Running With The Dragonfly

[Author’s Note: This is a true story I wrote about eight years ago, when I could still jog. I just now dug it up again after all this time and thought I’d share it. I’d love to get it published accompanied by a photo or drawing of a dragonfly but I’m not an artist or photographer that’s been lucky enough to capture the right picture – anybody have ideas for me?]


I wonder why the “little” things in life aren’t bigger.  The little things, like the call of a bird that distracts us for an instant, the laughter of a child that gives us pause for just a moment, or the contrail of jet flying overhead that we notice briefly as we glance at the sky to locate the source of the sound – things we don’t normally grace with even a moment’s thought, let alone a second thought.  But aren’t many of these little things that we experience in our daily lives actually a more significant part of a grander scheme, a greater purpose, a deeper meaning, or a more poignant design?  Could the little things add up to something more than the sum of their parts, if only you would take the time to first notice and then consider them?  Perhaps “taking time to smell the roses” could do us good, even if we don’t understand how, or why.  A “little” thing happened to me recently that made me wonder.

In my attempt to get into better physical condition this summer, I’ve taken to jogging up the road and back.  One particular morning, I was headed back to the house with only a quarter of a mile to go, but doubtful if I could keep up the pace that far.  But then I spied a dragonfly resting on the edge of the pavement just ahead of me.  It was just one of those little things to which I only gave a moment’s notice and brief appreciation.  And in the space of two footfalls, I was about to “get on with my life.”  But the dragonfly suddenly lifted into the air and did a small spiraling dance in front of me.  Then it took off, darting to and fro, keeping just ahead of me.  I began to give it a second thought – I appreciated its form and ability and wondered at its behavior.  And, I forgot about being tired and out of breath – I kept running.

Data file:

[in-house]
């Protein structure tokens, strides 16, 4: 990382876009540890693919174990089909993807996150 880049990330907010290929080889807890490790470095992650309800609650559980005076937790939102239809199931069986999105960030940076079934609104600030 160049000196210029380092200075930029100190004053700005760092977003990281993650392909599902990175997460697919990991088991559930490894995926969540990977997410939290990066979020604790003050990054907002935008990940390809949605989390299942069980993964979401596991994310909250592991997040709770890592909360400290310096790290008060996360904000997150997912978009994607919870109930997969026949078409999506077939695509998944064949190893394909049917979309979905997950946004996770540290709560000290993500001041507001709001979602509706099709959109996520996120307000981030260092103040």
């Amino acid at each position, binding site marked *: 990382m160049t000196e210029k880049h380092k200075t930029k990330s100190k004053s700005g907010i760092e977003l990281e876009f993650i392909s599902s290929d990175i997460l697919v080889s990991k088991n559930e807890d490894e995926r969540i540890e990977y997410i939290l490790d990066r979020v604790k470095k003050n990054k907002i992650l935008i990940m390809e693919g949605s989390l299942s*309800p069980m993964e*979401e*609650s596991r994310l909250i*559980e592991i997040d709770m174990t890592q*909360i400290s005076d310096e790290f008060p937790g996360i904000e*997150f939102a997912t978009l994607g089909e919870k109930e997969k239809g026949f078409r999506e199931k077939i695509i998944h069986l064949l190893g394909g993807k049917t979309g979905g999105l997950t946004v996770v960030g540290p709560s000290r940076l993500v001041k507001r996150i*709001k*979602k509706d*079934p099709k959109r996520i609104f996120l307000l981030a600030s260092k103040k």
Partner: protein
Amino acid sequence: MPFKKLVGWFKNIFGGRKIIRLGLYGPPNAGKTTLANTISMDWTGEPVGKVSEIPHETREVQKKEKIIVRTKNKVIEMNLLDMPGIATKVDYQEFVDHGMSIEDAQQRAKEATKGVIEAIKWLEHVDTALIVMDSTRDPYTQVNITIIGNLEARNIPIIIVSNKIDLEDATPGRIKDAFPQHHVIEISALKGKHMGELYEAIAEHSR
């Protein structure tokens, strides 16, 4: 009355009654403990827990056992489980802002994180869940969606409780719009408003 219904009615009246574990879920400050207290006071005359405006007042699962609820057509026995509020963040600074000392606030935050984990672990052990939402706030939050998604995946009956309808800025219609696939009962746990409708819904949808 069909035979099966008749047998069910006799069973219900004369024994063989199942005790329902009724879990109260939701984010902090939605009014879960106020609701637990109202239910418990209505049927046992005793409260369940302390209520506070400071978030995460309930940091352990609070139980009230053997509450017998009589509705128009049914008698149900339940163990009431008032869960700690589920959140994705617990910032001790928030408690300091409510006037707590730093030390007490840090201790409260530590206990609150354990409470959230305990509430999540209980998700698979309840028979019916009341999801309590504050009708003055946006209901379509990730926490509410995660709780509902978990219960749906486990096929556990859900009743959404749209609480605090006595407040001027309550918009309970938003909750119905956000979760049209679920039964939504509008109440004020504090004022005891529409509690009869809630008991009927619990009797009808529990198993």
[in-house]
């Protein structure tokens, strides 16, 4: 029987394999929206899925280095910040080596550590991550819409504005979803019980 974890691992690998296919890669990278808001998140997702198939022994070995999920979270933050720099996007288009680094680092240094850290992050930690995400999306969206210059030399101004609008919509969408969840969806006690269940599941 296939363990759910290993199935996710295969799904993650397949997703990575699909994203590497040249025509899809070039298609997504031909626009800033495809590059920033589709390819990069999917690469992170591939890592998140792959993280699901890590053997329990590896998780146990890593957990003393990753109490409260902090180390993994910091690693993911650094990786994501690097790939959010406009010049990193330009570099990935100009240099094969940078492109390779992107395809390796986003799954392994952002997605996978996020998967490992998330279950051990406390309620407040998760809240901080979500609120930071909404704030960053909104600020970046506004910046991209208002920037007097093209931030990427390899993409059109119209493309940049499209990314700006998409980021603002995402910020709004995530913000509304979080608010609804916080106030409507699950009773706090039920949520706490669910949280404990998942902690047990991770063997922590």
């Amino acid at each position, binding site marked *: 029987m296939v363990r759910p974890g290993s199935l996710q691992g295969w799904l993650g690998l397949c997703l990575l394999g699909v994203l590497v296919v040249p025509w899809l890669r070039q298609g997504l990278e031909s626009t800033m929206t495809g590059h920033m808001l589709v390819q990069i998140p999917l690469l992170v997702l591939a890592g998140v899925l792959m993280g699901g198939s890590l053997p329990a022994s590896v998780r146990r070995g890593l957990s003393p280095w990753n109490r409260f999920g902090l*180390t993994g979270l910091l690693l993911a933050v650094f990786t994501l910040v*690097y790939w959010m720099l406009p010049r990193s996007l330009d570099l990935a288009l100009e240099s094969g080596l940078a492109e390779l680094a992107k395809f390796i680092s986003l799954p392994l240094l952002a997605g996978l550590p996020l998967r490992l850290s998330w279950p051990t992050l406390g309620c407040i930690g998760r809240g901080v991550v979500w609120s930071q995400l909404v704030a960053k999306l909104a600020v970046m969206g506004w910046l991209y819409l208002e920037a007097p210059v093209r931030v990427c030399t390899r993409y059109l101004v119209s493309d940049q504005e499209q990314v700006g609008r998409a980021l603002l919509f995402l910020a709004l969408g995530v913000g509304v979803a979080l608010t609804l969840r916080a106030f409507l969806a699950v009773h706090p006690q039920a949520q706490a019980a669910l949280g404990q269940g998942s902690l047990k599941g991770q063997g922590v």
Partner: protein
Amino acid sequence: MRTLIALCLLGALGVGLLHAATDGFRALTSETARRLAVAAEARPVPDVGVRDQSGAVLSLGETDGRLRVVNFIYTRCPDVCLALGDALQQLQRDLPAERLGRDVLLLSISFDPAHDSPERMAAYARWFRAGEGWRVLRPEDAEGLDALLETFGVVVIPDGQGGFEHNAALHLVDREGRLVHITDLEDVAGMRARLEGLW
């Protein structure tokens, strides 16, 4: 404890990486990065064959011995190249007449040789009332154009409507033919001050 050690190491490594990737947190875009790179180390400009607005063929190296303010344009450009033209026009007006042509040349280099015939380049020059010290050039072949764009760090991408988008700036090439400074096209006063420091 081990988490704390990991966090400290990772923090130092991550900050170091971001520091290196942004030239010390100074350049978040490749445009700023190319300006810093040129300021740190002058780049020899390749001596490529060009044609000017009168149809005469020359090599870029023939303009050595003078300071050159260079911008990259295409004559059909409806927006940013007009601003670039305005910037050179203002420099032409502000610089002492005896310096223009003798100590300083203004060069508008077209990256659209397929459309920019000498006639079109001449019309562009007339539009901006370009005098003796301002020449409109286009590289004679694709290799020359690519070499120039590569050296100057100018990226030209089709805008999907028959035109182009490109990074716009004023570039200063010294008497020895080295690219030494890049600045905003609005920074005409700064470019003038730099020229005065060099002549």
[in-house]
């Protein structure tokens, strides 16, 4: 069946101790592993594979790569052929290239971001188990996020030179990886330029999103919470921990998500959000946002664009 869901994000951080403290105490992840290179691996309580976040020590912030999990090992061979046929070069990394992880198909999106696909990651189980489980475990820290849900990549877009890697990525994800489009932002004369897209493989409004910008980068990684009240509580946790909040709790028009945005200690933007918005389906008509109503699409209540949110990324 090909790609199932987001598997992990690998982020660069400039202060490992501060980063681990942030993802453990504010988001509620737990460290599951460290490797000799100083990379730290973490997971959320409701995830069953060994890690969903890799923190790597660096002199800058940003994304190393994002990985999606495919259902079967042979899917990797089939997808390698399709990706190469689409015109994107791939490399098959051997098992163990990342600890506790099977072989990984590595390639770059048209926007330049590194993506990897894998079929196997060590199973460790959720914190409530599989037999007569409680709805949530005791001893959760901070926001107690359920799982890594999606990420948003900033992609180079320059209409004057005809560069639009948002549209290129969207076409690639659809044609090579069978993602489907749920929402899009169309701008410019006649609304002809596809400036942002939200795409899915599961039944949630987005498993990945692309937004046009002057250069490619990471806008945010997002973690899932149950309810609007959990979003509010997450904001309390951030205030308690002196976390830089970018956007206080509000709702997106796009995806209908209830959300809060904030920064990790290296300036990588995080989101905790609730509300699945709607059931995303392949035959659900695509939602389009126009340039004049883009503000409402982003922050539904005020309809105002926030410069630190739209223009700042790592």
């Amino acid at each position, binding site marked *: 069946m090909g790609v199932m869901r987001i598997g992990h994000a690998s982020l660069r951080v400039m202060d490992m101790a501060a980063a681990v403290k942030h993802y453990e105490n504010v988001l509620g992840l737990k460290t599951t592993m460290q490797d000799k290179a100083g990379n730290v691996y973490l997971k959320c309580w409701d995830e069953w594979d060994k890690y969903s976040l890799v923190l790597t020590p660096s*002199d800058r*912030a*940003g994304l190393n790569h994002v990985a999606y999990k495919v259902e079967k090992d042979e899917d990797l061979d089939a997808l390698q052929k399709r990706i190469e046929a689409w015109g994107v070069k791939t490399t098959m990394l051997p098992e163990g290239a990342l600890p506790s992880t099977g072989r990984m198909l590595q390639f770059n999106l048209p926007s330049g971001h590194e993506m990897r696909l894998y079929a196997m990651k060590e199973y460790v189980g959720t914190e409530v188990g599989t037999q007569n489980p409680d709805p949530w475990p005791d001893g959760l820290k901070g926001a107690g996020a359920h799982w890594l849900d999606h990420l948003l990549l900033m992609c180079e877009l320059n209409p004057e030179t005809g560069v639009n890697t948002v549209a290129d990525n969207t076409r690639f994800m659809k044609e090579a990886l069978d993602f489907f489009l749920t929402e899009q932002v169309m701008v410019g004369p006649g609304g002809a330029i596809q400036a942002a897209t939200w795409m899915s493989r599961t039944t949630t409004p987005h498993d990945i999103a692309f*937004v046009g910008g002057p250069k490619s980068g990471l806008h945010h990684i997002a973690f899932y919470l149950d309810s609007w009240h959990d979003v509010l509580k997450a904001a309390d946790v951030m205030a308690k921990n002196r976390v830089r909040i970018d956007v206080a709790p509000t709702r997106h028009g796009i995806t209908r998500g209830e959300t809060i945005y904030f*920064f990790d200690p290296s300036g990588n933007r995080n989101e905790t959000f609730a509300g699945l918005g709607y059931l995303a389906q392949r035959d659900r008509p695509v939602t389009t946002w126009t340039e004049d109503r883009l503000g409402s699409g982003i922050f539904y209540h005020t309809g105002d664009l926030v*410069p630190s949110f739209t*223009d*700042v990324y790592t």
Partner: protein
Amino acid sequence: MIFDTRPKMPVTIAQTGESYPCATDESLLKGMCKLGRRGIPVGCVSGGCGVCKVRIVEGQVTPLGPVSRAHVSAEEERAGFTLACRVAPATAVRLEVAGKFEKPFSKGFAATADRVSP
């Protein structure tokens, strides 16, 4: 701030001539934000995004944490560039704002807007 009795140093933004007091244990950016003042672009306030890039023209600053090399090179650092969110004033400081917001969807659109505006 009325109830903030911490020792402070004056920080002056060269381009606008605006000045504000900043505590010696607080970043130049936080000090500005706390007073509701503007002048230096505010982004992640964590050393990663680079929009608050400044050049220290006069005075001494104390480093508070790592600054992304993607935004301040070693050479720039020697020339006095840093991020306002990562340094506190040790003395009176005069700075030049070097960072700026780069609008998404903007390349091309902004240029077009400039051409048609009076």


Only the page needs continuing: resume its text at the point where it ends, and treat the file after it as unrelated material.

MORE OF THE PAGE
The dragonfly would zip off to either side of me from time to time, and then zoom ahead quite a distance only to end up hovering directly in front of me only a foot off the ground as if waiting for me to catch up.  Being the wonderer that I am, I was by then quite taken with the creature and it antics.  As I ran, I watched the dragonfly; nothing else seemed to matter, or exist.  I can recall only that my attention was merely a primitive fascination without conscious thought.

Then the dragonfly settled in for a regular pattern of flying in fits and starts off to my left and only a couple of feet ahead, keeping strict pace with me.  It, of course, zigged, zagged, and rose slightly to dodge the weeds on the side of the road.  But it stayed with me as if it wanted the company.  And I began to want its company.

The dragonfly flew with me, and I ran with the dragonfly – all the way to my driveway.  Then it flew straight up ten feet and hovered for an instant.  I stopped then and smiled.  And I thought about saying “Thank you!”  But then the dragonfly zipped off back up the road and off into the woods out of sight.

Perhaps I have made more out of this experience than it deserves.  And it was just a little thing after all.  But then maybe it was a sign of some kind.  Perhaps I should think about it more – or perhaps not.  But I got the feeling that I had at least stopped long enough to smell the roses.  And is that in itself such a “little” thing?  I wonder!

Copyright 2001 by Gary D Timothy


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About the Author ()

I'm an Eclectic - some would say Jack of all trades, master of none. I have so many different and varied interests that I've never been able to specialize.Although, perhaps, I'm best at understanding myself and empathizing with others - I might h

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